Figure 1. ROCK signaling pathway.
The Rho subfamily belongs to a member of the small molecule G protein in the Ras superfamily and has GTPase activity. It converts between an activated state (bound to GTP) and an inactive state (bound to GDP), acting as a molecular switch, and is a Rho protein that exerts various biological effects by binding to its downstream target effector molecule. Among them, Rho kinase (ROCK) is one of the most important effector molecules downstream of Rho. ROCK is a serine/threonine protein Kinase with a relative molecular mass of approximately 160000. There are two homologous isomers in the cell: ROCK1 (ROCK-I, ROKβ or p160 ROCK) and ROCK2 (ROCK-II, ROKα or Rho kinase). Rho/ROCK signaling pathway regulates cell morphology, polarity, and cytoskeletal remodeling by regulating actin and cell migration. Studies on the function of ROCK proteins have focused on the cardiovascular system and the central nervous system. Studies have found that abnormal expression of ROCK protein plays an important role in the development of tumors.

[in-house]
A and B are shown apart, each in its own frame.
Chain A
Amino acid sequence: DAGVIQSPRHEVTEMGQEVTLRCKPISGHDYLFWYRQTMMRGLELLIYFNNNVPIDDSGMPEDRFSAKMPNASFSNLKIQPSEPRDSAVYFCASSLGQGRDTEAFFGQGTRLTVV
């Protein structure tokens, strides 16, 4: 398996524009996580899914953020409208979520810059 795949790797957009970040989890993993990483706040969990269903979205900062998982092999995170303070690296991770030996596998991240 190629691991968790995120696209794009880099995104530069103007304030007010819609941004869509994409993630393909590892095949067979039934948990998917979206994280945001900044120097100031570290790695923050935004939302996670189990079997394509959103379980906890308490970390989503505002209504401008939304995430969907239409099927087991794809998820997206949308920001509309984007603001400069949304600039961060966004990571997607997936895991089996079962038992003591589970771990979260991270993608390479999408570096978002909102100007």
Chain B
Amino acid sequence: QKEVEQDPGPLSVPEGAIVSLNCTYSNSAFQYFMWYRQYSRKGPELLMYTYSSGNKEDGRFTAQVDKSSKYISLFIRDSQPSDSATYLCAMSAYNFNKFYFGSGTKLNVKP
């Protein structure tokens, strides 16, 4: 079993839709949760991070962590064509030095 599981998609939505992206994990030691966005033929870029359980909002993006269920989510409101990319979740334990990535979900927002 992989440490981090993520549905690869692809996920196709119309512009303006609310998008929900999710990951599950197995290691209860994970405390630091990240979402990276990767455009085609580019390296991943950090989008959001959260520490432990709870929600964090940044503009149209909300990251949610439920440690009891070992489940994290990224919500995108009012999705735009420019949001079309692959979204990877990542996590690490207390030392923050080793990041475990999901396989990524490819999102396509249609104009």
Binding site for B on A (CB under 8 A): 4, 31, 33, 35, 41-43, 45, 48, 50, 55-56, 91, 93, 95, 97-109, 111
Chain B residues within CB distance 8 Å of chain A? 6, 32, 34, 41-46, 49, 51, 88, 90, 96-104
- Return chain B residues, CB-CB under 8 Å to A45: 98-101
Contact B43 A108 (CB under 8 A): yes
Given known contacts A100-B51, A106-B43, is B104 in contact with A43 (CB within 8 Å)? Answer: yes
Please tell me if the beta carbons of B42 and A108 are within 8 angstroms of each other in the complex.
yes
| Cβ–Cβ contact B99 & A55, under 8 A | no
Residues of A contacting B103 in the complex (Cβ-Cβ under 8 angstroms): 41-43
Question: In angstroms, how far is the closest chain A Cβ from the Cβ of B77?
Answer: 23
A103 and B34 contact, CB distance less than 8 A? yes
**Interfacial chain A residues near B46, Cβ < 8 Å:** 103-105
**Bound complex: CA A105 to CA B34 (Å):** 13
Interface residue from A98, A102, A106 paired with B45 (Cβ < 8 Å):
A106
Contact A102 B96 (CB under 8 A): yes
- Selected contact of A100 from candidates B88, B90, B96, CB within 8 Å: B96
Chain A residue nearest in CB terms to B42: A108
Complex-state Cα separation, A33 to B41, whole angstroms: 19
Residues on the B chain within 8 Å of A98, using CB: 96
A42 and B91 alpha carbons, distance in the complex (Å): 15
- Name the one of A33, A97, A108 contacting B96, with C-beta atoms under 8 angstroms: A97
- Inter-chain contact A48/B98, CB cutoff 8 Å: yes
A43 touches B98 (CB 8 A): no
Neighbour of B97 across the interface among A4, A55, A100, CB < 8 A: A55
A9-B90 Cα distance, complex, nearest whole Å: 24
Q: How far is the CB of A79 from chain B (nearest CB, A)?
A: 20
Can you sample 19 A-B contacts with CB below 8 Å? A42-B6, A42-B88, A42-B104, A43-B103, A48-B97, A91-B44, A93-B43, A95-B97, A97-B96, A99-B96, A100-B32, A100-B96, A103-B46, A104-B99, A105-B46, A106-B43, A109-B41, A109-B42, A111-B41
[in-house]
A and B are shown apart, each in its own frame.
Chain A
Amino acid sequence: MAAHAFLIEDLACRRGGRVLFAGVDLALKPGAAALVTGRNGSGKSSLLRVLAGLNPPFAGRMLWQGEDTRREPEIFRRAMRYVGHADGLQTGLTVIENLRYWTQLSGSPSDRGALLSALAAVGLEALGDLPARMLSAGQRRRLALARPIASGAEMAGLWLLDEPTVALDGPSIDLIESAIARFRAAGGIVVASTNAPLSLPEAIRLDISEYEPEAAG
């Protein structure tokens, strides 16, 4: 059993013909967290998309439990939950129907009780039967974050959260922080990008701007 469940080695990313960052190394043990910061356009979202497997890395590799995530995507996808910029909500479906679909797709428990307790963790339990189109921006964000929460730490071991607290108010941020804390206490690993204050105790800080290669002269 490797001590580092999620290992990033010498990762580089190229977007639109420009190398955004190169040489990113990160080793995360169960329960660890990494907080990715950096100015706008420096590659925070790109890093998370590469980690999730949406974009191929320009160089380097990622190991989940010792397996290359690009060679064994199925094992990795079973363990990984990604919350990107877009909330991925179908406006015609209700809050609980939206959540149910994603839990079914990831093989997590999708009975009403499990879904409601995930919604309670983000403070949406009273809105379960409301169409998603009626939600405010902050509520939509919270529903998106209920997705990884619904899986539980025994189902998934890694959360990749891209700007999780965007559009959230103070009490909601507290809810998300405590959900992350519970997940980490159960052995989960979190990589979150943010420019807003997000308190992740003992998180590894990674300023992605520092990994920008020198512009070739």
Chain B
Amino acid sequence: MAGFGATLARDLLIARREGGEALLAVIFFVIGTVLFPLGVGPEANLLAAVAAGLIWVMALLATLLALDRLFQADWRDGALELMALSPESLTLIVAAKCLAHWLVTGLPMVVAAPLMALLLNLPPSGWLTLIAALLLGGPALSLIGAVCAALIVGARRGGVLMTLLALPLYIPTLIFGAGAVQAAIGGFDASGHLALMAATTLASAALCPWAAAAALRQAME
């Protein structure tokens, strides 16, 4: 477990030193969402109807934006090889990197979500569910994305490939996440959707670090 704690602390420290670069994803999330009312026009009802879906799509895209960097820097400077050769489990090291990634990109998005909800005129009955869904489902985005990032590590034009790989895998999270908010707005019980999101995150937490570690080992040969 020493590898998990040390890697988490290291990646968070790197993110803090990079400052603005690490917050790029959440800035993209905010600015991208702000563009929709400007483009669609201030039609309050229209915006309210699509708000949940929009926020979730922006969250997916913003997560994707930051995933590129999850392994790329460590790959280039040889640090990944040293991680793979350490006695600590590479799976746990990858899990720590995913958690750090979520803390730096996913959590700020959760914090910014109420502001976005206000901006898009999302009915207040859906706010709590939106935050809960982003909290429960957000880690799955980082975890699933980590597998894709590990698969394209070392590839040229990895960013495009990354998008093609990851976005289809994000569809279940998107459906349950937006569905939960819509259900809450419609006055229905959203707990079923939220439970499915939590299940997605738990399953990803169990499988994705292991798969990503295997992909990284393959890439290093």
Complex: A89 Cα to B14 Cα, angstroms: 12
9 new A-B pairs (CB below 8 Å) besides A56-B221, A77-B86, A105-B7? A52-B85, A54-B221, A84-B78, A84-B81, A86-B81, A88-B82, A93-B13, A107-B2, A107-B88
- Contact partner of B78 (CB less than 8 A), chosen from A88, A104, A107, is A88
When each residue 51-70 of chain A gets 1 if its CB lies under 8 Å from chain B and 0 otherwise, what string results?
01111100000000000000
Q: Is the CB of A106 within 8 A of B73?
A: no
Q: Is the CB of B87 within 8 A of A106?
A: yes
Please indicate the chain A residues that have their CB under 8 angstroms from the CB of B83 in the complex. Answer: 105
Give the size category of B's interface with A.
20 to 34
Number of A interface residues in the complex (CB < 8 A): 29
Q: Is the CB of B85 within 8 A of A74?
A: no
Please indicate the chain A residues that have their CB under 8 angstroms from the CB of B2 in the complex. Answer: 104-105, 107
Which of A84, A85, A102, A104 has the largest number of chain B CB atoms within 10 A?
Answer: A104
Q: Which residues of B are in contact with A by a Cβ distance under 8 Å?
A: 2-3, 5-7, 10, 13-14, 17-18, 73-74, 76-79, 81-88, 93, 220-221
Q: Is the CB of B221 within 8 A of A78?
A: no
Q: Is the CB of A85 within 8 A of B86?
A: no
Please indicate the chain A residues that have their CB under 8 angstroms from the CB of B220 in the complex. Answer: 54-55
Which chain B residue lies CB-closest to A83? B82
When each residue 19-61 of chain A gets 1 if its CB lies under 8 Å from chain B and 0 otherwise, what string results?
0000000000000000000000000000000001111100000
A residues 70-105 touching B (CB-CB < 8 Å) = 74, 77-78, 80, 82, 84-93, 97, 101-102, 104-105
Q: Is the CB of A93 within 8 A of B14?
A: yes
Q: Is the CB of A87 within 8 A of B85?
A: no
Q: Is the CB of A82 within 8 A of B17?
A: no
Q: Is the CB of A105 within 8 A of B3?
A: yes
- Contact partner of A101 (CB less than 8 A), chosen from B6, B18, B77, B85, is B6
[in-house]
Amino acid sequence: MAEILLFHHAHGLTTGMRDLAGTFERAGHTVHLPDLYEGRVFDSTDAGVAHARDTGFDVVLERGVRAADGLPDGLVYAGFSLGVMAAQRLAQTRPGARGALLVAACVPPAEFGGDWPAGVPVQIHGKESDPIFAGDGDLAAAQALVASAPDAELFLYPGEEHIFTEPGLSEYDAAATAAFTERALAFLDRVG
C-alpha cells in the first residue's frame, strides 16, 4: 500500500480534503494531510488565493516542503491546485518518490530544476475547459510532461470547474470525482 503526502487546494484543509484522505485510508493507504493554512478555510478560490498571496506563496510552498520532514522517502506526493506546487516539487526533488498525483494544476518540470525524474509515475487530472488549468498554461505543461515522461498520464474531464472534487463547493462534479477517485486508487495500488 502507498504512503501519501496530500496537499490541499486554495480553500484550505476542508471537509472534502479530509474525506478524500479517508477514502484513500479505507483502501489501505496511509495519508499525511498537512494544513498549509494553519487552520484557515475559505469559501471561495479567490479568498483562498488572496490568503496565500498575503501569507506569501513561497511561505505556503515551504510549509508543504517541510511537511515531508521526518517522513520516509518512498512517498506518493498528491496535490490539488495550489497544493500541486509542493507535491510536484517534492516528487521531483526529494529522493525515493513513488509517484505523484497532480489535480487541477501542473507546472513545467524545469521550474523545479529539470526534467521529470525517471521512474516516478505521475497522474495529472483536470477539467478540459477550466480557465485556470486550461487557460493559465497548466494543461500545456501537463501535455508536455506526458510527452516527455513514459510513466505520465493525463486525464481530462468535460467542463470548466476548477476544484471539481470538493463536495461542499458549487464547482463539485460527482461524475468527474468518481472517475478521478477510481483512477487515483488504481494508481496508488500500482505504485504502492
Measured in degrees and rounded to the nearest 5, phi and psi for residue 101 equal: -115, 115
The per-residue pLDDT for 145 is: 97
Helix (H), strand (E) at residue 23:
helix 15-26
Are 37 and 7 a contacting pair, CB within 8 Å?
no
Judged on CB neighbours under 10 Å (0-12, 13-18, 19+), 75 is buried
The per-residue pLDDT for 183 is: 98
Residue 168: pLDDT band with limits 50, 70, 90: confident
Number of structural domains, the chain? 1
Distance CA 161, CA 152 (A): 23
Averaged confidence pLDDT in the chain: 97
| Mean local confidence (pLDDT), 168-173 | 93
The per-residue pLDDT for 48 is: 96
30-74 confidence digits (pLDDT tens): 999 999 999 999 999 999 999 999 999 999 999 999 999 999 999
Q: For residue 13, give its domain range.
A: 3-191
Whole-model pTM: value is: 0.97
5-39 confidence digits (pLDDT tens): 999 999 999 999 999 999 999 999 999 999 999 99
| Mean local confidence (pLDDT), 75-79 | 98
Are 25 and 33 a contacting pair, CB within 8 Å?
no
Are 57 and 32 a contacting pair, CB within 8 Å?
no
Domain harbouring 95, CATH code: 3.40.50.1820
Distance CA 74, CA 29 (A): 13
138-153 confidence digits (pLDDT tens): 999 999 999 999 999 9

The ROCK1 and ROCK2 genes contain 33 exons, each located in the 18q11 and 2p24 chromosome regions. In addition to the full-length transcript, ROCK2 also has a splicing mutant (mROCK2). mROCK2 has an additional exon 27, and the 5th exon deleted ROCK1 pseudogene, called the small ROCK, appears to be a product of partial gene duplication and is expressed only in chromosome 18p11 of vascular smooth. The ROCK molecular structure consists of three parts, and the first part is the N-terminal kinase region, consisting of approximately 300 amino acid residues. The composition consists of a serine/threonine protein kinase-associated conserved sequence that catalyzes the phosphorylation/dephosphorylation of a series of downstream substrates; the second is a coiled-coil region located in the middle that interacts with other α-helix proteins. The Rho-binding domain (RBD) consisting of approximately 80 amino acid residues is included, which can accept the activation signal of Rho transduction, such an activating the phosphotransferase activity of ROCK; The third part is located at C-terminal. The pleckstrin homology domain (PHD) may be involved in protein localization, including the cysteine-rich domain (CRD), and the C-terminus contains a self-inhibiting region, and interacts with the kinase domain to inhibit ROCK activity. The full-length amino acid sequence homology of the two subtypes of ROCK1 and ROCK2 is 65%, and the homology of the kinase region is as high as 92%. The expression of ROCK protein is expressed from embryonic development to adult mouse tissues. ROCK1 mRNA and protein are highly expressed in lung, liver, spleen, kidney and testis, and ROCK2 is highly expressed in brain and heart. ROCK2 is mainly concentrated in the cytoplasm and is involved in vimentin and actin tensile fibers. It is also localized to the plasma membrane through the C-terminal region. The mROCK2 protein has a similar cellular localization to ROCK2, the only difference being that the mROCK2 protein is not associated with the plasma membrane. In contrast, the cell distribution of ROCK1 is not well understood. Numerous studies have shown that ROCK1 is primarily localized on the plasma membrane of endothelium. ROCK1 acts indirectly on the epithelial-cadherin complex by binding to the E-cadherin scaffold protein P120-catenin. In addition, ROCK1 can be concentrated in the center of the microtubule tissue and the pseudopod edge of the moving cells, indicating that ROCK1 is involved in cell migration.